The Farmers’ Union of Wales (FUW) has described plans to delay border checks on goods imported from the European Union for a fourth time as a ‘global disgrace’ saying that the move will extend concessions for foreign businesses that ‘may as well be deliberately aimed at undermining UK farmers and producers’.
Checks on imports from the EU should originally have been introduced in January 2021 when the Brexit transition period came to an end, but the failure of UK governments to prepare border inspection posts meant they were not implemented at that time and have been delayed three times in the subsequent 28 months.
Speaking in response to the news that Prime Minister Boris Johnson was considering a fourth delay, FUW President Glyn Roberts said:
“EU countries got their act together and started implementing full checks on our exports from the UK on 1 January 2021.
Yet despite it being more than five years since Theresa May announced that the UK Government intended to pursue a hard Brexit policy, and that such border checks would be needed, the UK is still not ready.
It’s a global disgrace, as it means we are failing to implement checks on international trade that should be standard practice in order to protect our own industries and population.”
Mr Roberts said that the Government’s failure meant Welsh and UK exporters face significant and costly checks on goods moving to the EU, but that EU products had been waived through our ports and into the UK market without checks for more than a year.
“In other words, our exports, such as Welsh lamb, face extremely costly border bureaucracy while food producers importing from the EU to the UK face nothing of the sort – the Government’s failure to prepare for their own Brexit plan may as well be deliberately aimed at undermining UK farmers and producers,” said Mr Roberts.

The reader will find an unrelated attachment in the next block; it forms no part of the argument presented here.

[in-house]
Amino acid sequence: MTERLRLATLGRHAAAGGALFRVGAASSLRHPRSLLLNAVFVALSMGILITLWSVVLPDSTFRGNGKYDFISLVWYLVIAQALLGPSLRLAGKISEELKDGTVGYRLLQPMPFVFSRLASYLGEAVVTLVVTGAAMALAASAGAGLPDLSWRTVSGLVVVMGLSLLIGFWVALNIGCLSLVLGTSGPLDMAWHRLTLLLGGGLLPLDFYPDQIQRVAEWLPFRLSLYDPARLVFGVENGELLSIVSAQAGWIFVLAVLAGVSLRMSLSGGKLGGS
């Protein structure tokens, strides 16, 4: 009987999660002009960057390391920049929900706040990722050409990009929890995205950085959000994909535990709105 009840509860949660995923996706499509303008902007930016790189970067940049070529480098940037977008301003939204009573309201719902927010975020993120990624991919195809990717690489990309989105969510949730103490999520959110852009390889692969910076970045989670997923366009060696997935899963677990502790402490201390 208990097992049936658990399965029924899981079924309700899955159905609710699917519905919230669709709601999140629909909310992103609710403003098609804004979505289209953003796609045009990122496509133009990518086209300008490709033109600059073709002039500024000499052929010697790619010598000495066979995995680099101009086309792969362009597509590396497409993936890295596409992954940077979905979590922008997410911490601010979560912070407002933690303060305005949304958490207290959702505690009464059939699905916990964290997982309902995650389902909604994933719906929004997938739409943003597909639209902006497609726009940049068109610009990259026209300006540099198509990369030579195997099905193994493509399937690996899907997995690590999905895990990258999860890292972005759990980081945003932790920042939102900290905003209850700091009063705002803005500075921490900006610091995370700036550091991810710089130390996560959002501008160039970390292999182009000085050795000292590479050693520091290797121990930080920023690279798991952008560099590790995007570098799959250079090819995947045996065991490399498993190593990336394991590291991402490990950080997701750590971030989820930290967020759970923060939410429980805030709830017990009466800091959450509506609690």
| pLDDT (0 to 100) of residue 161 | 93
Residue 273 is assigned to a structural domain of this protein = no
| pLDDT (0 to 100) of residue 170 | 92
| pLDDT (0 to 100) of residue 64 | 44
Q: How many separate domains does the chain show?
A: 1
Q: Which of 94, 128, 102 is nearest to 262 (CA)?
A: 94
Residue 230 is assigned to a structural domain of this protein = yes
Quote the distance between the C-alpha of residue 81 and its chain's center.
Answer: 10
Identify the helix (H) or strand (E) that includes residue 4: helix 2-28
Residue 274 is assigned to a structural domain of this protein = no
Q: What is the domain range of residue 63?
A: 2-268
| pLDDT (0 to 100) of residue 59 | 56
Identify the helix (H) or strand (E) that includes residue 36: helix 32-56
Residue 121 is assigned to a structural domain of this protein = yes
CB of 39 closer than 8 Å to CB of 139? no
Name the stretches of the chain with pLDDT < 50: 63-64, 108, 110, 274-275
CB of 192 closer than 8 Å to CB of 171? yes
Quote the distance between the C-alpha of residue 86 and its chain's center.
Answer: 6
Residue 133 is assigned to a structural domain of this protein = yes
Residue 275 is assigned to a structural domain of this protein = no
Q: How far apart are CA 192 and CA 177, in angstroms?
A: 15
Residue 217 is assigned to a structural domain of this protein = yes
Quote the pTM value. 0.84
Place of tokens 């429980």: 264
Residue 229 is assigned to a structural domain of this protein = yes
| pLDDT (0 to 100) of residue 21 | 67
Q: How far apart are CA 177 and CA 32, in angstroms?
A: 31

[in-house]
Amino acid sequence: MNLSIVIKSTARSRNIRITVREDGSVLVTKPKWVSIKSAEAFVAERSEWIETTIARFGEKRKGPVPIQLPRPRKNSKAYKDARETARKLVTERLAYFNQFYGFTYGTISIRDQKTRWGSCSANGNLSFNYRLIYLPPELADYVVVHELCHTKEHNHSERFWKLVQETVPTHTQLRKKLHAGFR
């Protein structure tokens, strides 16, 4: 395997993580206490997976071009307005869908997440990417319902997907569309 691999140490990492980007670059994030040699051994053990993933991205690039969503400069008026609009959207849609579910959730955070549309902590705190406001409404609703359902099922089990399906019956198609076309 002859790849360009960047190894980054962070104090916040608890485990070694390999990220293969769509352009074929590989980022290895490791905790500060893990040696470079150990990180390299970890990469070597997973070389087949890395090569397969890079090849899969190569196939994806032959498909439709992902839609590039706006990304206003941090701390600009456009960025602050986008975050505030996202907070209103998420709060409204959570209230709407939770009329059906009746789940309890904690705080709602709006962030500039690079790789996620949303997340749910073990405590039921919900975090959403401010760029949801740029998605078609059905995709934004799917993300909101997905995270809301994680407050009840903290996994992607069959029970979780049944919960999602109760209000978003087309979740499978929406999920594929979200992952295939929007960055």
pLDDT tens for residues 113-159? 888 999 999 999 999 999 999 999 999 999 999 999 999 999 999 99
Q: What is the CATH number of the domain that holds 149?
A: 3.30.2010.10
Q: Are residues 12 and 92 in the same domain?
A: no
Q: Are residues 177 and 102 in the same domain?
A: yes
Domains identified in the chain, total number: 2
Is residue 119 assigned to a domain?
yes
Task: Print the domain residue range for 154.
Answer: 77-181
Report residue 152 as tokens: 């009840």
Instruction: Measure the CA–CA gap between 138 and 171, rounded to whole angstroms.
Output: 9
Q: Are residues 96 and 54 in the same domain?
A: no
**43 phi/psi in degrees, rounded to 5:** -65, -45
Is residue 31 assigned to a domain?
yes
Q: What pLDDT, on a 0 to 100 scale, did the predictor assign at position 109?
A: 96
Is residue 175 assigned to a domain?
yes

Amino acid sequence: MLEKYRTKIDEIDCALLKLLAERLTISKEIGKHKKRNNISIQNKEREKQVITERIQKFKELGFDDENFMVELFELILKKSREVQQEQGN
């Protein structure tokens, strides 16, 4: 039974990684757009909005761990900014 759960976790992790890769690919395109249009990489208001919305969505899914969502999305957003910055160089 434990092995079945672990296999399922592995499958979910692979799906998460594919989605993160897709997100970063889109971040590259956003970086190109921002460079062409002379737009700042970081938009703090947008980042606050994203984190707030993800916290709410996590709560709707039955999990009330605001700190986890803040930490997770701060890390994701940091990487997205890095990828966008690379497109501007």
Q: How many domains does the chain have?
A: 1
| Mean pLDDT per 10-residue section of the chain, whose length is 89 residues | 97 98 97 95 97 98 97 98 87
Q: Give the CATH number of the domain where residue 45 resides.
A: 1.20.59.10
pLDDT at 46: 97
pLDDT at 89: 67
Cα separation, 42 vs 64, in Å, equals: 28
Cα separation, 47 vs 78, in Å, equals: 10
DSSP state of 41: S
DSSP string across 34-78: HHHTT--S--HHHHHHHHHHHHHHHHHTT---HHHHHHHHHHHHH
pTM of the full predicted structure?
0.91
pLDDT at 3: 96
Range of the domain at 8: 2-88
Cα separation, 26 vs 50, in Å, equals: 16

UK food and drink exports in 2021 were 12% below 2020 levels and 16% below 2019 levels – with falls for certain food products such as lamb far greater – mainly as a result of the checks imposed on UK exports entering the EU and associated costs.
In its June 2021 response to a Government consultation on further delaying checks at UK borders, the FUW stated:
“Border checks are inherent to the UK Government’s decision to leave the Single Market and Customs Union announced by Theresa May in January 2017, and concerns regarding Governments’ failures to prepare for these over the subsequent three years have been highlighted repeatedly by the FUW and in four reports by the National Audit Office.
By contrast, neighbouring EU countries have instigated far more thorough preparations, allowing them to implement full border checks when the transition period ended on 31st December 2020…
The failure to implement border checks is not only a source of great national embarrassment, but also one which increasingly breaches WTO rules, by favouring imports from EU countries over those from non-EU countries…we recognise the reality of the impacts caused by Governments’ failures to prepare for the end of the transition period, and would therefore urge all relevant Governments and authorities to step up efforts to ensure all infrastructures are in place, such that checks that should already be taking place can be introduced before the end of the proposed new extension deadlines.
Failure to do this will not only extend the period over which many Welsh and UK businesses are disadvantaged, but also further undermine the UK’s negotiating power over the EU”
Mr Roberts said that during the period of almost a year since that consultation was launched, the failures had simply continued to the extent that a fourth delay was being mooted by the Prime Minister.
“It is highly embarrassing and a disgrace that while other countries were able to prepare for and implement plans for a Brexit they didn’t want over just a couple of years, those who instigated Brexit have failed over a period of more than five years to implement an essential feature of what they wanted,” said Mr Roberts.